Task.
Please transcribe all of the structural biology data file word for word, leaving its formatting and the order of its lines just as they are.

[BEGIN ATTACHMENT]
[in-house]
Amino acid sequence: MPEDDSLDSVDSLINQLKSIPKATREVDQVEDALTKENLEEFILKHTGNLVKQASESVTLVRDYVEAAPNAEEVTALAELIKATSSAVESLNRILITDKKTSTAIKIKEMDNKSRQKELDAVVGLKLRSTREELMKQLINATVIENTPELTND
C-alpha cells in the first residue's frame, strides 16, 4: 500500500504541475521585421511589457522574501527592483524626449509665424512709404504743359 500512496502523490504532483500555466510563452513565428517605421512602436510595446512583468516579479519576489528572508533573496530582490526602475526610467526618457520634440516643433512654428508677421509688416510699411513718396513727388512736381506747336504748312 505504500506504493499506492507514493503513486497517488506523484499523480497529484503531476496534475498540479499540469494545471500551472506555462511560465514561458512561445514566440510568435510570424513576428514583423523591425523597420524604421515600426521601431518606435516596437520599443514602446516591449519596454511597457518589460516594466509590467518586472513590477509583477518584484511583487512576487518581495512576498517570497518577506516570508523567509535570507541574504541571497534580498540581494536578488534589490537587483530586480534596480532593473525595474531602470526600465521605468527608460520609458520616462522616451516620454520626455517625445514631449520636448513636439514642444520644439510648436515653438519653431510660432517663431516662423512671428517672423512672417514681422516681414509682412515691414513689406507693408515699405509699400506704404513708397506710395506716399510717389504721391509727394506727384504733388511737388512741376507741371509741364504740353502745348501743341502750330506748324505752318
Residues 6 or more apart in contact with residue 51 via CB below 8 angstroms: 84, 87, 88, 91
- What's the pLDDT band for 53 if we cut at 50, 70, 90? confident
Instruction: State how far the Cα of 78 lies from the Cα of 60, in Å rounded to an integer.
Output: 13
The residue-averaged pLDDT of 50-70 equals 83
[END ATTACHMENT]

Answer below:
[in-house]
Amino acid sequence: MPEDDSLDSVDSLINQLKSIPKATREVDQVEDALTKENLEEFILKHTGNLVKQASESVTLVRDYVEAAPNAEEVTALAELIKATSSAVESLNRILITDKKTSTAIKIKEMDNKSRQKELDAVVGLKLRSTREELMKQLINATVIENTPELTND
C-alpha cells in the first residue's frame, strides 16, 4: 500500500504541475521585421511589457522574501527592483524626449509665424512709404504743359 500512496502523490504532483500555466510563452513565428517605421512602436510595446512583468516579479519576489528572508533573496530582490526602475526610467526618457520634440516643433512654428508677421509688416510699411513718396513727388512736381506747336504748312 505504500506504493499506492507514493503513486497517488506523484499523480497529484503531476496534475498540479499540469494545471500551472506555462511560465514561458512561445514566440510568435510570424513576428514583423523591425523597420524604421515600426521601431518606435516596437520599443514602446516591449519596454511597457518589460516594466509590467518586472513590477509583477518584484511583487512576487518581495512576498517570497518577506516570508523567509535570507541574504541571497534580498540581494536578488534589490537587483530586480534596480532593473525595474531602470526600465521605468527608460520609458520616462522616451516620454520626455517625445514631449520636448513636439514642444520644439510648436515653438519653431510660432517663431516662423512671428517672423512672417514681422516681414509682412515691414513689406507693408515699405509699400506704404513708397506710395506716399510717389504721391509727394506727384504733388511737388512741376507741371509741364504740353502745348501743341502750330506748324505752318
Residues 6 or more apart in contact with residue 51 via CB below 8 angstroms: 84, 87, 88, 91
- What's the pLDDT band for 53 if we cut at 50, 70, 90? confident
Instruction: State how far the Cα of 78 lies from the Cα of 60, in Å rounded to an integer.
Output: 13
The residue-averaged pLDDT of 50-70 equals 83